‘Maronite marathon’

Nazira Haboush (left) and Dalal El-Jour prepare food for the Lebanese Food Festival.
Take a few hundred pounds of grape and cabbage leaves, another few hundred pounds of ground lamb, an army of industrious volunteers and what do you get?

Enough Lebanese delicacies to last through the weekend – you hope.

When the 27th annual Lebanese Food Festival opens May 13 at 10 a.m., it will bring an end to months of preparation for the volunteers from St. Anthony Maronite Catholic Church – and launch a three-day weekend of even more frenzied chopping, baking, stuffing and grilling.

As an estimated crowd of 20,000 hungry festival-goers descends on the church's 15-acre campus to gorge on shawirma, bubbaghanooge, zalabia and other Lebanese treats, church members circle the wagons: four refrigerated trucks to hold all the fresh ingredients.

One entire truck is dedicated to storing the vegetables for tabouli – a mixture of parsley, cracked wheat, onion and tomato that must be hand-chopped. At least half the festival offerings will be made fresh over the weekend, according to festival spokeswoman Sandra Joseph Brown.

"We call it the Maronite Marathon," says Brown.

Pie wars
As for the rest of the menu items, they got their start on the first Tuesday in February, when volunteers begin meeting two or more days a week in the banquet hall behind the church to stuff squash, make meat, cheese and spinach pies and roll cabbage and grape leaves to freeze for the festival.

They'll need 24,000 pies – enough to sell one every four seconds on festival weekend. The volunteers jokingly call this stage of preparation, and the friendly competitions it inspires between the workers, the "Pie Wars."

As volunteers sat down March 29 to begin stuffing and rolling 1500 pounds of raw grape leaves and cabbage leaves – enough leaves, it's been estimated, to stretch from St. Anthony's to Short Pump Town Center if laid end to end – they did not appear the least bit daunted by the task.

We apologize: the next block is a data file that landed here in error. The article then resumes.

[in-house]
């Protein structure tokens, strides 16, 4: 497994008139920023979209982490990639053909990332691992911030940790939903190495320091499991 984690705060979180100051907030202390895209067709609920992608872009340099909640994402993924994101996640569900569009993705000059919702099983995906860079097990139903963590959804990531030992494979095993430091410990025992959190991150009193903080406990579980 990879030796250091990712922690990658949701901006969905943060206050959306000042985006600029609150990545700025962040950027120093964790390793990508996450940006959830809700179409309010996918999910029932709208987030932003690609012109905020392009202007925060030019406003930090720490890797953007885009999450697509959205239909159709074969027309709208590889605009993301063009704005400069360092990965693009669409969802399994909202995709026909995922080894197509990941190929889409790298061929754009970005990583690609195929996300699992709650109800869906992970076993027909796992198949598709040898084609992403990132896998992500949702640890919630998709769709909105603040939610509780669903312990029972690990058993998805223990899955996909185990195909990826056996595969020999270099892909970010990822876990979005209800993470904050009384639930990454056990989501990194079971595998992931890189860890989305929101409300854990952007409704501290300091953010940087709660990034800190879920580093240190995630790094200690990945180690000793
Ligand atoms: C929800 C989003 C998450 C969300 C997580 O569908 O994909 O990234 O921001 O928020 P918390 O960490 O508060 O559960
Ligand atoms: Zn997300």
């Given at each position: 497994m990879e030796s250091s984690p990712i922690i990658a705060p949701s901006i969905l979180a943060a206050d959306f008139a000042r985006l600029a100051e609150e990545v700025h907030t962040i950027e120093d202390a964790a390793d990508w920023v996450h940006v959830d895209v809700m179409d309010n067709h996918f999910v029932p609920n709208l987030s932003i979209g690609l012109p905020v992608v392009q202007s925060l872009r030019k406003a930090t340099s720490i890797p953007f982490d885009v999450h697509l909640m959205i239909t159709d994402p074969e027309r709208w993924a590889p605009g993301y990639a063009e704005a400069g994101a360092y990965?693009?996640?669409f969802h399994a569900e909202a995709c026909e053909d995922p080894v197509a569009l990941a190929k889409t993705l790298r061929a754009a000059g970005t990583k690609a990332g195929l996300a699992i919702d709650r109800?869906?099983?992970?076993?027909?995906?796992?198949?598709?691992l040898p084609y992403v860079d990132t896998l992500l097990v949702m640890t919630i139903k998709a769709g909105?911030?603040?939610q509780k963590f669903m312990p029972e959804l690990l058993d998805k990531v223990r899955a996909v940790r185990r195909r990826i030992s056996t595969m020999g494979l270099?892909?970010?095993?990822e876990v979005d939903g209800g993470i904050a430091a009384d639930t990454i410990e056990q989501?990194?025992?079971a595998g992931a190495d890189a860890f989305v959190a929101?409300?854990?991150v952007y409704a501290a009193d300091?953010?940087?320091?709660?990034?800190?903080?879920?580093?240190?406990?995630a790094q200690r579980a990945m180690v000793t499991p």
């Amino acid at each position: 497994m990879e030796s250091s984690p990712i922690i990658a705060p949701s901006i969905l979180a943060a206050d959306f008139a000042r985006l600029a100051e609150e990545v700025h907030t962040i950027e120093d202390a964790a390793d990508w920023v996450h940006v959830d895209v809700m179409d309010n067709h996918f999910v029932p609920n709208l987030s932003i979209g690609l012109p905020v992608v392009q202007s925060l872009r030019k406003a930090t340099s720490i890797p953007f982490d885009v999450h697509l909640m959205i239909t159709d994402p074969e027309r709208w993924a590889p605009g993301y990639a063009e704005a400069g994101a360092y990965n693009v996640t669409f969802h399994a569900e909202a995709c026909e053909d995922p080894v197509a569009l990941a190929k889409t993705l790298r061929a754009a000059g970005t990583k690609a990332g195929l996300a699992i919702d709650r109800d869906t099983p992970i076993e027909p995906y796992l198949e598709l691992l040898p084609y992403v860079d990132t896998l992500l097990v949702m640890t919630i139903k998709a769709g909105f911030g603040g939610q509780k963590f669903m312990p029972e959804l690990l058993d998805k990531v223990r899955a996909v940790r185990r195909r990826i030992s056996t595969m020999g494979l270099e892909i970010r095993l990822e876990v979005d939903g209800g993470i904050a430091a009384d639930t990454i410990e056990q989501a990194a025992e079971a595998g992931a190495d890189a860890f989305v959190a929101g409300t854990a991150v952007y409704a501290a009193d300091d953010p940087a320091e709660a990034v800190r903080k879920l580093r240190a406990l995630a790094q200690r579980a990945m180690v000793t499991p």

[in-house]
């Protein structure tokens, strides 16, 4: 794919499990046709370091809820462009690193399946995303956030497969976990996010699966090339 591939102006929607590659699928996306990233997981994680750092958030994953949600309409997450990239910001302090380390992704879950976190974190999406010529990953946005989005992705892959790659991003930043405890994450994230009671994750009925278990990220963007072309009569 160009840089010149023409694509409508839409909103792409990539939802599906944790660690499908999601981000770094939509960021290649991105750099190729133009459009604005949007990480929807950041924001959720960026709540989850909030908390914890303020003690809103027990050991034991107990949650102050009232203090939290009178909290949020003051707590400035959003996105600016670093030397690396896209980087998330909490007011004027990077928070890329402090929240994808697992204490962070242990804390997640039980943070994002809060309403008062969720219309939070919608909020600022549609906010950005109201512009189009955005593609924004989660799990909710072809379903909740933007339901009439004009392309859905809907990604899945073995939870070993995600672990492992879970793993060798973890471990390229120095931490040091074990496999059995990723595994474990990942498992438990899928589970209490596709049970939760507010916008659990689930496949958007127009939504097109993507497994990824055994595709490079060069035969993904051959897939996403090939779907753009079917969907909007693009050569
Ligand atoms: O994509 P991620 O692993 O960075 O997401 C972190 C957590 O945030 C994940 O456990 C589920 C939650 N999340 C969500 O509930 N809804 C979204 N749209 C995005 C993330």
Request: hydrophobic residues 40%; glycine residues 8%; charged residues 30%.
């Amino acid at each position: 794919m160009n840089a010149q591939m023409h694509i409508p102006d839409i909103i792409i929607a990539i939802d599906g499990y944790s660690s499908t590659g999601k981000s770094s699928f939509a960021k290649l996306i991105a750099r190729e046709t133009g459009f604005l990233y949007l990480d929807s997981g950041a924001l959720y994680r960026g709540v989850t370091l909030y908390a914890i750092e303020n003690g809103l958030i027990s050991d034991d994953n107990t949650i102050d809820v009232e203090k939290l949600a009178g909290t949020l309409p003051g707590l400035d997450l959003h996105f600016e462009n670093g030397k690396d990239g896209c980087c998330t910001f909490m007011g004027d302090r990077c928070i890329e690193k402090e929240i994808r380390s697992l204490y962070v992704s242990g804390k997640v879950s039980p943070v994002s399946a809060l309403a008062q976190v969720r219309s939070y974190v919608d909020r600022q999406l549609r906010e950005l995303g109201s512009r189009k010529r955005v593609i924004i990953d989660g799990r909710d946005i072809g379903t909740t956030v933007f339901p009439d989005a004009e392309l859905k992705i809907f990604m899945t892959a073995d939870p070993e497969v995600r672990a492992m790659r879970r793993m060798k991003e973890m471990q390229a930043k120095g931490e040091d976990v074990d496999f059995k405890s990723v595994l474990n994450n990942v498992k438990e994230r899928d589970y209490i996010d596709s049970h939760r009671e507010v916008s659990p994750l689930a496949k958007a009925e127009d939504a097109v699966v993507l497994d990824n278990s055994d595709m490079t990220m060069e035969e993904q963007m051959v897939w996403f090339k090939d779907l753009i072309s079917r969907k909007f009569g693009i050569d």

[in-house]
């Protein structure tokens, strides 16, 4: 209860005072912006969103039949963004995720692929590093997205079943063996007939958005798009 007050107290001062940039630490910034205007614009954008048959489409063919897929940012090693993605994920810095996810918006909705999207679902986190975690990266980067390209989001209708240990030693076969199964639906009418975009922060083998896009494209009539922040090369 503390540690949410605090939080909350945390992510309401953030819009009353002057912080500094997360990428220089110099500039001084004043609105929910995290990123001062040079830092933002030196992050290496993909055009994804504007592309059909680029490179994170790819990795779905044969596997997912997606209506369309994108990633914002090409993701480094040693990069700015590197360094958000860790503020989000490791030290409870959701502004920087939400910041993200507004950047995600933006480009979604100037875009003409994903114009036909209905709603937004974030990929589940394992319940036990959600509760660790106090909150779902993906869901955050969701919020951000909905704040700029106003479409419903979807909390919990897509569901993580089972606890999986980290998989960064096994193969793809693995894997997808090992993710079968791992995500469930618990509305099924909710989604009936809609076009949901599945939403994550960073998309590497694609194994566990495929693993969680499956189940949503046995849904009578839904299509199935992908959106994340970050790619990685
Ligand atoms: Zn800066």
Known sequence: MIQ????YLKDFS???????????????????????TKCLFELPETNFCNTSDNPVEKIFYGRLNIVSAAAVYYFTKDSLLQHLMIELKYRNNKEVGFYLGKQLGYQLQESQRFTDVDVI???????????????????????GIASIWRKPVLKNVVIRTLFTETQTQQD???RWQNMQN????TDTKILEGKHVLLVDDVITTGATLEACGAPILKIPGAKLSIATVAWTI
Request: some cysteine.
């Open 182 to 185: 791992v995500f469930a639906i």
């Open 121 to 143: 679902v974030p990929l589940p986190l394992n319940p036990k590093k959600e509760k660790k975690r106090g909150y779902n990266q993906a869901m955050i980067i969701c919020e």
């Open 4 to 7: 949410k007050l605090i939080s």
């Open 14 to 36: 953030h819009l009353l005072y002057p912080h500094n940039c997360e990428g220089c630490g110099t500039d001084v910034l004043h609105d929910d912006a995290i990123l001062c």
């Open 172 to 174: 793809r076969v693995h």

On the contrary; they were just relieved to have finished the meat pies.

"We're always glad to get those over with," said Rosie Shaia, one of the volunteer coordinators. "They're so messy because of the flour."

As the women worked, they gossiped about celebrities, speculated on the outcome of "Dancing with the Stars" – and laughed a lot.

"We don't just work," said Shaia. "We talk; we celebrate birthdays.

"But," she added with an amused smile, "I crack the whip if they get too lazy!"

Going to pot
Held annually on the weekend after Mother's Day, the festival began more than two decades ago as a Sunday picnic, and has grown to become a popular family and community event – one of the largest festivals in the Richmond area.

So, while the ladies of St. Anthony's will enjoy their Mother's Day meals, gifts and family get-togethers as much as anyone else, they will also be bracing themselves for the "Mother's Day hangover" of intense preparation that begins first thing next morning.

"We start on Monday and go round the clock," says Shaia.

On Friday, as little Sadler Road becomes a bumper-to-bumper thoroughfare and cars stream into the parking lot, the pace picks up a hundredfold. Some 300 volunteers are needed to staff the festival itself.

"We're all here all week," says Theresa Esper, a veteran of 24 years with the festival. "The house goes to pot. And so does the family!"

From the smile on her face, however, it's plain she can't imagine spending Mother's Day week any other way.

The Lebanese Food Festival will take place May 13-15 at St. Anthony's Maronite Catholic Church, 4611 Sadler Road in Glen Allen. For details and a complete menu, visit stanthonymaronitechurch.org, or call 346-1161 or 270-7234.
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Henrico Business Bulletin Board

August 2017
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